Eek!  The Wordnik List of the Day yesterday was titled "Hugonyms" and was explained as "Anything hugging related".  The Facebook announcement of this included several people excited about learning the new-to-them BrE (though not marked as such) word snog.  One went so far as to comment:
I'm gonna go snog my kids.........*snog* (love it!)
Eek!  Eek!  Eeeeeeeeeeeeeeeeeeeeeeeek!  Eeky eekness!

Because it's a BrE slang word, it's not in most of the dictionaries that American-based Wordnik uses.  So, if one clicks on snog in the "Hugonym" list, the only "definition" one gets is from WordNet. But WordNet is not a dictionary--it's a lexical database that is closer to being a thesaurus.  It links words together into "synsets"--i.e. synonym sets.  So the "definition" that we get for snog is essentially a definition for the central word in its synset, kiss
touch with the lips or press the lips (against someone's mouth or other body part) as an expression of love, greeting, etc.
But one would not snog a person in greeting.  Well, I wouldn't, and I'm betting most of you wouldn't either.  (Did I mention eek?!)

Snog happened to be fodder for my Valentine's Day Difference of the Day tweet:
Difference of the day: (orig. & chiefly) AmE 'make out' vs. BrE 'snog'. Happy Valentine's Day!
Commenters on that tweet differed on whether making out required activities other than deep, passionate kissing (which, eek, is the meaning of snog).  But compare Urban Dictionary definitions:
make out the act of swapping spit with your significant other... or perhaps just some hottie you met at a party, but anyway, you just sit there sucking at each other's faces for an extended period of time and if you're lucky there might even be a little romming around of the hands if ya get my drift :p
snog  1. verb; to interface passionately with another being, creating a field of physical obsession and focused arousal +centered+ on the lips, mouth and tongue.
2. verb; to play tonsil hockey
Parents:  please do not snog your children.  Or announce that you will do so on the internet.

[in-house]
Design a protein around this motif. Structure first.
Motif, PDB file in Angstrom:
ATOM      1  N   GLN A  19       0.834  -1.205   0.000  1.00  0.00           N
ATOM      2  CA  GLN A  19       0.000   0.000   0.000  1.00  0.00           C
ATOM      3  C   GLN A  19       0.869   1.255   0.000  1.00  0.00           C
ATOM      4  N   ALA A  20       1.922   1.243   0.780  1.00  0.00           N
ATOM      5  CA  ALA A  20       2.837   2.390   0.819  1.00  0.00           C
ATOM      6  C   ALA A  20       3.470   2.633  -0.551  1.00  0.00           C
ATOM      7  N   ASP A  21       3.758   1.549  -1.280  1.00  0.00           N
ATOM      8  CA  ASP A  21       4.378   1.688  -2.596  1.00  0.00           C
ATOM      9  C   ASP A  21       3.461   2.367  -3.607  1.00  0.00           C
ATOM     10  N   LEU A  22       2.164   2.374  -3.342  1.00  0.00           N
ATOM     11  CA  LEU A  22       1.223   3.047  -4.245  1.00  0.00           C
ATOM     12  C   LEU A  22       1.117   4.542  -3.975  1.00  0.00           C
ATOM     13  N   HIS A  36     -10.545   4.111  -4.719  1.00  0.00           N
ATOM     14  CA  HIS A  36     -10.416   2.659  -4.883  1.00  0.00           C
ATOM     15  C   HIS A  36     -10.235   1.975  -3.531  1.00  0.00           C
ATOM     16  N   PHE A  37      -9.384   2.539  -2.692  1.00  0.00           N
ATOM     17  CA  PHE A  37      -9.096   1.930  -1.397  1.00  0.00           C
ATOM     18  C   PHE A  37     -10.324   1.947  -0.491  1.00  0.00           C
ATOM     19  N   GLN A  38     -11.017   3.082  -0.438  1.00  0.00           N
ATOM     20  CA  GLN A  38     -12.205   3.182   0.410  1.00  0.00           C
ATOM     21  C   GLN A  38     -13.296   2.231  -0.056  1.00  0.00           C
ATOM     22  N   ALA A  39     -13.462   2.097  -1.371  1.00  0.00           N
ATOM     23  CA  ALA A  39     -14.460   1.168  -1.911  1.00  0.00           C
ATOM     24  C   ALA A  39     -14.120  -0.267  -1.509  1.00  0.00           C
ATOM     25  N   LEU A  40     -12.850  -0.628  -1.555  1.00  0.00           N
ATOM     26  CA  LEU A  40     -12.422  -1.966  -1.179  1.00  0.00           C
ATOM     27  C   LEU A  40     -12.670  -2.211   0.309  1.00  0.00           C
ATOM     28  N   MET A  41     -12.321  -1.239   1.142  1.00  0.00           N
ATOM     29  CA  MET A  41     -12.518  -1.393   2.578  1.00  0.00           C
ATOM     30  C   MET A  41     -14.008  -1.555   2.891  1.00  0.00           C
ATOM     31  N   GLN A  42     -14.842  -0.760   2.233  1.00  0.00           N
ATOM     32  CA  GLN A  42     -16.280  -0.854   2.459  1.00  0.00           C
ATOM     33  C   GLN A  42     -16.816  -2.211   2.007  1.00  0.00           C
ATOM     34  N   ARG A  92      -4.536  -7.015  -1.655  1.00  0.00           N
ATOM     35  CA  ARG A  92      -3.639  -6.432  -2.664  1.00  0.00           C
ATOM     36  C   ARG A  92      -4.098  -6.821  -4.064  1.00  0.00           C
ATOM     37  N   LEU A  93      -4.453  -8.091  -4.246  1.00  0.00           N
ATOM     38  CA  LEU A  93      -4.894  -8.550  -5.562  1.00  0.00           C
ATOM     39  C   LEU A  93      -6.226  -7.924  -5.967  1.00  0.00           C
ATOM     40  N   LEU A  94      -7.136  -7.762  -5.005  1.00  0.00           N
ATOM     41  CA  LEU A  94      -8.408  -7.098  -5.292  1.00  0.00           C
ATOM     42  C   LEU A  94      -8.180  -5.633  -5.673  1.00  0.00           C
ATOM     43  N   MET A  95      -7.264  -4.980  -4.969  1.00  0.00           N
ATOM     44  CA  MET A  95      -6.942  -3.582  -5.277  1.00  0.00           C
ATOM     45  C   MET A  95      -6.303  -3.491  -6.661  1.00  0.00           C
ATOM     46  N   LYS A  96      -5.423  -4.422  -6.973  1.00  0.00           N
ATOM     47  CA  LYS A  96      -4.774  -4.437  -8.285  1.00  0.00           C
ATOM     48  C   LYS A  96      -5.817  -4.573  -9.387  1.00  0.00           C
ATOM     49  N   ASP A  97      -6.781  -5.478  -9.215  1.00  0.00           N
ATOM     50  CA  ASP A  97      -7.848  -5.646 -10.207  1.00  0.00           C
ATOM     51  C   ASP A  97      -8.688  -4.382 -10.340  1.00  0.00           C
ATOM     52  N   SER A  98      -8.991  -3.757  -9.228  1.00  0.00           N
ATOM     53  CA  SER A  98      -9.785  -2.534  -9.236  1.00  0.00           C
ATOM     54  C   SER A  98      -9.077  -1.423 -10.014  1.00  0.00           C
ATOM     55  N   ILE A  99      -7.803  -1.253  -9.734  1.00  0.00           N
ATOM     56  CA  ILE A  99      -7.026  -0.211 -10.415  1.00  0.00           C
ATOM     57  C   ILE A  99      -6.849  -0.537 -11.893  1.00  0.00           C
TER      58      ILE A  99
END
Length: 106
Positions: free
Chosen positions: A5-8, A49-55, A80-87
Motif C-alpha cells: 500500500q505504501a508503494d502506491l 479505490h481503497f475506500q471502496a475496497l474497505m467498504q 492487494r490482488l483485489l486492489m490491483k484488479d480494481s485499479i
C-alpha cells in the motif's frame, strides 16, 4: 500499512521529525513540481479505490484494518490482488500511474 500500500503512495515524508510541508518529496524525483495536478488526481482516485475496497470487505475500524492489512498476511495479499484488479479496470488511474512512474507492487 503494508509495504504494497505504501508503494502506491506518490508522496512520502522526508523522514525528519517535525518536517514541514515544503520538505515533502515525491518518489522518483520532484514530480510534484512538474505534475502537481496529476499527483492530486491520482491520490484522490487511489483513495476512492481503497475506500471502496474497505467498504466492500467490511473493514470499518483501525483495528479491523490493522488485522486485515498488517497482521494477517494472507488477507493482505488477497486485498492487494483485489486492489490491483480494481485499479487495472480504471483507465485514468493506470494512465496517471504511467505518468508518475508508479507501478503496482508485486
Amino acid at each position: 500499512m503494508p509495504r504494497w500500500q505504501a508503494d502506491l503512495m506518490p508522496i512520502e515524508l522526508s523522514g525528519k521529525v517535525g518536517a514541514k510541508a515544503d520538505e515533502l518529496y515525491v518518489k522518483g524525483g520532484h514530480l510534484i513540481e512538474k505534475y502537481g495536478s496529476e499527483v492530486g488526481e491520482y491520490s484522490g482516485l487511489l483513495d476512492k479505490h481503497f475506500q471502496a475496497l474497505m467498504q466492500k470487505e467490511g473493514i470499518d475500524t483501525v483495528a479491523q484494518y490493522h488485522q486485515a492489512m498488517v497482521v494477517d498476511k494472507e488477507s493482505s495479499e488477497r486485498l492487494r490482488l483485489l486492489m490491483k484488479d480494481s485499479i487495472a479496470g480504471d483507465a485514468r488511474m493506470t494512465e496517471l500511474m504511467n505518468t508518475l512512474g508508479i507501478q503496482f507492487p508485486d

Lessons of the day:
  1. a little knowledge is a dangerous thing
  2. WordNet should not be used as a dictionary
 I'm going to go wash my eyeballs now.


  1. eewww, I think the naughty-word filter at my work would block this post.

  2. my bf and I were discussing a similar topic last night (both of us are BrE speakers living in Canada.) We were discussing 'wanker' which is used joyfully by american writers who don't quite get the fact that this is a graphic word which is actively used in everyday speech - it sounds 'quaint' or comical to american ears and they don't realise how inappropriate it is to people in the UK.

    1. We Americans get the fact that wanker is graphic. We use it interchangeably with dick, as in he is such a dick that he made his girlfriend pay for her own cab home.

  3. Wasn't there a lot of snogging in the Harry Potter books? Or did that get edited out of the US editions?

  4. To my mind, the word also has a female sensibility about it; men are less likely to use it. Like some other words, eg sprink.

  5. 'Shagging' is similar - perhaps a couple of stages further on than 'snogging'.

    A very inappropriate use was observed in the movie Braveheart when a nasty character referred to gang rape by English soldiers as 'a bit of shagging' - double eeeeek!

  6. Yeurgh. That made me squirm...

    On the subject of Hugonyms, I would like to bring to readers' attention the excellent word 'glomp', meaning a cross between an overexcitable hug and a flying tackle.

  7. hehe - reminds me of the innocent AmE use of the word 'bonk' when a child or someone knocks their head on something.

    I would have thought that onomatopoeically (sp?) the word 'snog' would imply a certain amount of saliva exchange... it has that face-chewing aspect of it built in.

  8. "Shagging" is sex, pure and simple. Although that does put it a couple of stages further on from snogging...

    PapaScott: This website:
    ...lists all the changes made to the Harry Potter books for the US versions. The word "snog" doesn't show up in any of them, and I would presume it would have been translated to a US term if it had appeared in the books.

    Even if (like me) you find yourself bored stupid by Harry Potter, the site is interesting as a study of UK-US language differences in practice.

  9. Snog definitely gained popularity in the US among a certain demographic after they stopped changing words in the US edition (thankfully - what, Americans can't deal with some extra vocab?) and Harry Potter got old enough to besnogging people. Not sure about the community at large, but within the set of people who are fans of the HP series, snogging is still in good use. (The movies haven't hurt either.)

    @Anonymous: Interesting. Though I'm American, and so the word is (still) marked as an import for me, I've come away with the impression that it would be used by men just as much as women.